This game can be developed from simple and complex. Start by crafting a Lego model and do not allow anyone to see the finished design. Separate into teams of two or three and provide each team with necessary Lego’s to complete the model. The person that constructed the model will them give the teams instructions to build the model by radio, not sharing what the final product should look like. The person giving instructions will realize their instructions, thought of as clean and obvious, can be taken in more ways than one.

Lego Language 2
This time separate into three groups in which one group will be the command center, the second group is logistics and operations are the third group. In preparation for the drill, create a structure using the Legos which will be given to the command group. Provide the logistics group with the same Legos that were used to build the model but in single form. (Option: give additional Lego’s to the logistics group that isn’t used to build the model). Separate into different rooms and only communicate by radios. The command center and logistics cannot communicate with each other. The operations team communicates with command to receive instructions and communicates with logistics to place orders. (Option: only allow 5 pieces to be ordered at once and/or limit the amount of orders). You will find the shapes, sizes and colors of the Lego pieces will cause confusion.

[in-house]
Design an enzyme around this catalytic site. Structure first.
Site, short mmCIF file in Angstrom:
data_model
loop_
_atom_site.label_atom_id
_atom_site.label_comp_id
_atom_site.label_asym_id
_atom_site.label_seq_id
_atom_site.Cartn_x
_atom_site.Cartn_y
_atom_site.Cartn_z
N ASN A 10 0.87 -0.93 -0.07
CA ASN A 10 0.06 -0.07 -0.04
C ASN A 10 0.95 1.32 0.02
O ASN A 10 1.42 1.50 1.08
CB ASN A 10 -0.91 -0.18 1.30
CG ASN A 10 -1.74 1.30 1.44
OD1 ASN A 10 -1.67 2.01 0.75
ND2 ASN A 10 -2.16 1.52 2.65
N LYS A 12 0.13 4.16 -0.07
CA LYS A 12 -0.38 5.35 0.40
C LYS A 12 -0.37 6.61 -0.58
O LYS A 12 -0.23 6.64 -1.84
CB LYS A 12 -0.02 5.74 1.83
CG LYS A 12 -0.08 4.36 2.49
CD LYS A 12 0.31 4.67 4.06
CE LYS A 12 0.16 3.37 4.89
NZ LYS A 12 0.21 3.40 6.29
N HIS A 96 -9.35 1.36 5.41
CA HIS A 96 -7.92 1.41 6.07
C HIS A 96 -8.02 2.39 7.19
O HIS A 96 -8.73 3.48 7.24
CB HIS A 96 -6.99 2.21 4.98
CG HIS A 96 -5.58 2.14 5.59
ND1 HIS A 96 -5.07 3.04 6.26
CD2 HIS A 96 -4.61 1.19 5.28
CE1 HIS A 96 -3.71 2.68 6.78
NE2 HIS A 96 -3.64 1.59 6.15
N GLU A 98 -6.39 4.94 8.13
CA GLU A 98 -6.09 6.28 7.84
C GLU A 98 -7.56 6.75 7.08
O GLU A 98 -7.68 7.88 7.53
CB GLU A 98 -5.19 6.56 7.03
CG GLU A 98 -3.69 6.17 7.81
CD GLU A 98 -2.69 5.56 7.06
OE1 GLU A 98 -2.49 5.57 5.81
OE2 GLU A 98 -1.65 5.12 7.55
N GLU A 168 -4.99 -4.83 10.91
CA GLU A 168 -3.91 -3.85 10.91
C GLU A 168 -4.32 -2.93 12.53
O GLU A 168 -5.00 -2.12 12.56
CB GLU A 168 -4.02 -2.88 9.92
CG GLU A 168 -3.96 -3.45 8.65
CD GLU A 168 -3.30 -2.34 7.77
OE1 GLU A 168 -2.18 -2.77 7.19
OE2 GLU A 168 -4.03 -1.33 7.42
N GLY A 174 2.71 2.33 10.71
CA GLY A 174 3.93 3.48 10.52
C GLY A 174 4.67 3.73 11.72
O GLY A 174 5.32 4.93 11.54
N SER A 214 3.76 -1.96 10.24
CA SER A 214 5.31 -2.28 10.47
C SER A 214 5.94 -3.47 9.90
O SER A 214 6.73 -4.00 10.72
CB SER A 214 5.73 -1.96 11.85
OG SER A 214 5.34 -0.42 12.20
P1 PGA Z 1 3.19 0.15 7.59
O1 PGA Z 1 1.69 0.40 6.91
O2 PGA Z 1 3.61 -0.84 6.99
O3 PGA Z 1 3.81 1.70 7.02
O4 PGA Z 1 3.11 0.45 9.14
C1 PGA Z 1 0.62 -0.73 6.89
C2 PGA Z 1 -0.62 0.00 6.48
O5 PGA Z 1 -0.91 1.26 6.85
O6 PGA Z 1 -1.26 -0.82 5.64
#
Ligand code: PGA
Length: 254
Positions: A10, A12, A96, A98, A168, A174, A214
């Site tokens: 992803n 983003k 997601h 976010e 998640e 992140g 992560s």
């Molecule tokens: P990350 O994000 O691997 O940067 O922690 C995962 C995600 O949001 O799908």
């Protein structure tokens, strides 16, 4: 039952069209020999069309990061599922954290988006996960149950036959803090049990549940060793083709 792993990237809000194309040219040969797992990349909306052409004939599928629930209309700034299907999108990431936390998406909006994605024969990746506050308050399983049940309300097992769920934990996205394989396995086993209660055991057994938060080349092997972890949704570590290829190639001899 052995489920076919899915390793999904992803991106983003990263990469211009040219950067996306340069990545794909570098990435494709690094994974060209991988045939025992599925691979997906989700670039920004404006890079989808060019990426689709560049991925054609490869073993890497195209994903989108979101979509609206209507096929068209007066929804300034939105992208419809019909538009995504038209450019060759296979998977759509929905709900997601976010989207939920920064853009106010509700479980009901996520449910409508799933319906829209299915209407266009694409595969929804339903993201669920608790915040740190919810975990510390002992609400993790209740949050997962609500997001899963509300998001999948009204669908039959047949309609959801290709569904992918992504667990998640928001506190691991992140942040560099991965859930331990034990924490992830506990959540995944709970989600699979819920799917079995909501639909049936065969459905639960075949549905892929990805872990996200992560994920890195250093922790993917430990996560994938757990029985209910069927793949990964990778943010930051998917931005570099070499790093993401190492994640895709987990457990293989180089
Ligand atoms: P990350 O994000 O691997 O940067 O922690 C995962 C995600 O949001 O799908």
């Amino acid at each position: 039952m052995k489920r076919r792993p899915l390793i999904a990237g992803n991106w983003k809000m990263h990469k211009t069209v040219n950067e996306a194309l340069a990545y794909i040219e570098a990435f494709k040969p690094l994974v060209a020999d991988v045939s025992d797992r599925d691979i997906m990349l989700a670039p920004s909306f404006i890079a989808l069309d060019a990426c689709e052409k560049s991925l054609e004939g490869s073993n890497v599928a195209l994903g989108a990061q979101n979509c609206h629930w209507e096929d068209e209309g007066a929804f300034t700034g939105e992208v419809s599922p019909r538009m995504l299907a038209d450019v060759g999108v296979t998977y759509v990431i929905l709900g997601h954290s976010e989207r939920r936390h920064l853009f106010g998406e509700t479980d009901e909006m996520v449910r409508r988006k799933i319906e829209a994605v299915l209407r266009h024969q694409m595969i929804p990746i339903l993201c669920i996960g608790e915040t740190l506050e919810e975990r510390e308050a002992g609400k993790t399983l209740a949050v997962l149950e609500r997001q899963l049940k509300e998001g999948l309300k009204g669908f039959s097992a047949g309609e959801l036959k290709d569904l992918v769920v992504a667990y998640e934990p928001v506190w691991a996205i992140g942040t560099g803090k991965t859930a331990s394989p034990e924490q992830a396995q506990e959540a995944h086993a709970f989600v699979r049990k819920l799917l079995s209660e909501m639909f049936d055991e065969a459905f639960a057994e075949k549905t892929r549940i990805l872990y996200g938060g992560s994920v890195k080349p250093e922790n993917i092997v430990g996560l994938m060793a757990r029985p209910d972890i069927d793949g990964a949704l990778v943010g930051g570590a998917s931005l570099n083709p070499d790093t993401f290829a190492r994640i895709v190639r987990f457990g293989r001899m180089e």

Separate into teams of three or four and identify one team member as the command center, the rest as the entry team. Set up this drill by using duct tape to create 4 symbols on the floor of a room or bay in the firehouse, not allowing anyone to see the design prior. The symbols are a triangle, square, circle and X. Make the symbols at least two feet by two feet and all similar in size. Give the command center a piece of paper and pen and separate them into another room only having contact to the entry team by radio.

Allow the entry team into the space where the symbols have been taped on the floor. Inform the team they are in a building fire with thick smoke and cannot see anything other than the floor where the symbols are. They cannot orient to windows and doors or use cardinal directions. The entry team must describe what they see, and the command center is to draw symbols being described on the paper.

Shape Communication 2
After completing the task above, add location points onto the command centers drawing, one on each symbol by placing a dot on a corner of each. Give the entry team four traffic cones. Request the command center instruct the entry team to place the cones on the location points.